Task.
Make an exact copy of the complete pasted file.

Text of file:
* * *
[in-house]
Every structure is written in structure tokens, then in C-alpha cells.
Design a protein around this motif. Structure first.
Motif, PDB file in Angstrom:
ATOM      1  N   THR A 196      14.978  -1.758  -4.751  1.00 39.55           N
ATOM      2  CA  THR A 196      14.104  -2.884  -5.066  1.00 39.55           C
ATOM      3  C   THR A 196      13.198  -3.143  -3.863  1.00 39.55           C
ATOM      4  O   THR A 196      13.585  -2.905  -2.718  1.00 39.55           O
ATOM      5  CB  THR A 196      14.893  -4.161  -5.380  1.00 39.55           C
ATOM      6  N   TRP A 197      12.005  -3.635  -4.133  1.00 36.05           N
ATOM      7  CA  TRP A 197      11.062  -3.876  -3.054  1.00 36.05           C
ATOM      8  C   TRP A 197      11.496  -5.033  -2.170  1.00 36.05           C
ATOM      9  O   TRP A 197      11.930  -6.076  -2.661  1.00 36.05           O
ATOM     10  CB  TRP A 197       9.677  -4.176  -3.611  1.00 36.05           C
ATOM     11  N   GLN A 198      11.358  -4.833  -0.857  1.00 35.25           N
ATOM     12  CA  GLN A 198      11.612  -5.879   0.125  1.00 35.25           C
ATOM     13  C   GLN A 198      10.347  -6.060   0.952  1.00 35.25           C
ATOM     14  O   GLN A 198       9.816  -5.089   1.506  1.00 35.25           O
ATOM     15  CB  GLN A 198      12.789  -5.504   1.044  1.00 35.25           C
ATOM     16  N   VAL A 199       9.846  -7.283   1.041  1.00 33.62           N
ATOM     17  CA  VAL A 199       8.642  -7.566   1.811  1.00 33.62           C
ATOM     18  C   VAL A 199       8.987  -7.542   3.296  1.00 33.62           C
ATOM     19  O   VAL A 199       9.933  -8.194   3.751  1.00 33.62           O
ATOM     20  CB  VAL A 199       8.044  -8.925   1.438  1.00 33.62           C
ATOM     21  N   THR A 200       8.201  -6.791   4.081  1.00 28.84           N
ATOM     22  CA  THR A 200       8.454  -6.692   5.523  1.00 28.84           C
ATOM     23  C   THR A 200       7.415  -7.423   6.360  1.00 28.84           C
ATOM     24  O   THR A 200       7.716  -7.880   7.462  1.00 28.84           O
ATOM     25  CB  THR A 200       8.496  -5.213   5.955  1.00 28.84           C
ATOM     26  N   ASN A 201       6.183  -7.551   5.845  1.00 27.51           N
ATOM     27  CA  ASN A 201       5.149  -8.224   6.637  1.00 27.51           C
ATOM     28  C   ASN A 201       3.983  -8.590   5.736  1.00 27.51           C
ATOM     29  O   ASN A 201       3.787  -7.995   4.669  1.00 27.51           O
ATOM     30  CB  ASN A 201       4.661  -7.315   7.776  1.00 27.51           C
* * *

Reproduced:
[in-house]
Every structure is written in structure tokens, then in C-alpha cells.
Design a protein around this motif. Structure first.
Motif, PDB file in Angstrom:
ATOM      1  N   THR A 196      14.978  -1.758  -4.751  1.00 39.55           N
ATOM      2  CA  THR A 196      14.104  -2.884  -5.066  1.00 39.55           C
ATOM      3  C   THR A 196      13.198  -3.143  -3.863  1.00 39.55           C
ATOM      4  O   THR A 196      13.585  -2.905  -2.718  1.00 39.55           O
ATOM      5  CB  THR A 196      14.893  -4.161  -5.380  1.00 39.55           C
ATOM      6  N   TRP A 197      12.005  -3.635  -4.133  1.00 36.05           N
ATOM      7  CA  TRP A 197      11.062  -3.876  -3.054  1.00 36.05           C
ATOM      8  C   TRP A 197      11.496  -5.033  -2.170  1.00 36.05           C
ATOM      9  O   TRP A 197      11.930  -6.076  -2.661  1.00 36.05           O
ATOM     10  CB  TRP A 197       9.677  -4.176  -3.611  1.00 36.05           C
ATOM     11  N   GLN A 198      11.358  -4.833  -0.857  1.00 35.25           N
ATOM     12  CA  GLN A 198      11.612  -5.879   0.125  1.00 35.25           C
ATOM     13  C   GLN A 198      10.347  -6.060   0.952  1.00 35.25           C
ATOM     14  O   GLN A 198       9.816  -5.089   1.506  1.00 35.25           O
ATOM     15  CB  GLN A 198      12.789  -5.504   1.044  1.00 35.25           C
ATOM     16  N   VAL A 199       9.846  -7.283   1.041  1.00 33.62           N
ATOM     17  CA  VAL A 199       8.642  -7.566   1.811  1.00 33.62           C
ATOM     18  C   VAL A 199       8.987  -7.542   3.296  1.00 33.62           C
ATOM     19  O   VAL A 199       9.933  -8.194   3.751  1.00 33.62           O
ATOM     20  CB  VAL A 199       8.044  -8.925   1.438  1.00 33.62           C
ATOM     21  N   THR A 200       8.201  -6.791   4.081  1.00 28.84           N
ATOM     22  CA  THR A 200       8.454  -6.692   5.523  1.00 28.84           C
ATOM     23  C   THR A 200       7.415  -7.423   6.360  1.00 28.84           C
ATOM     24  O   THR A 200       7.716  -7.880   7.462  1.00 28.84           O
ATOM     25  CB  THR A 200       8.496  -5.213   5.955  1.00 28.84           C
ATOM     26  N   ASN A 201       6.183  -7.551   5.845  1.00 27.51           N
ATOM     27  CA  ASN A 201       5.149  -8.224   6.637  1.00 27.51           C
ATOM     28  C   ASN A 201       3.983  -8.590   5.736  1.00 27.51           C
ATOM     29  O   ASN A 201       3.787  -7.995   4.669  1.00 27.51           O
ATOM     30  CB  ASN A 201       4.661  -7.315   7.776  1.00 27.51           C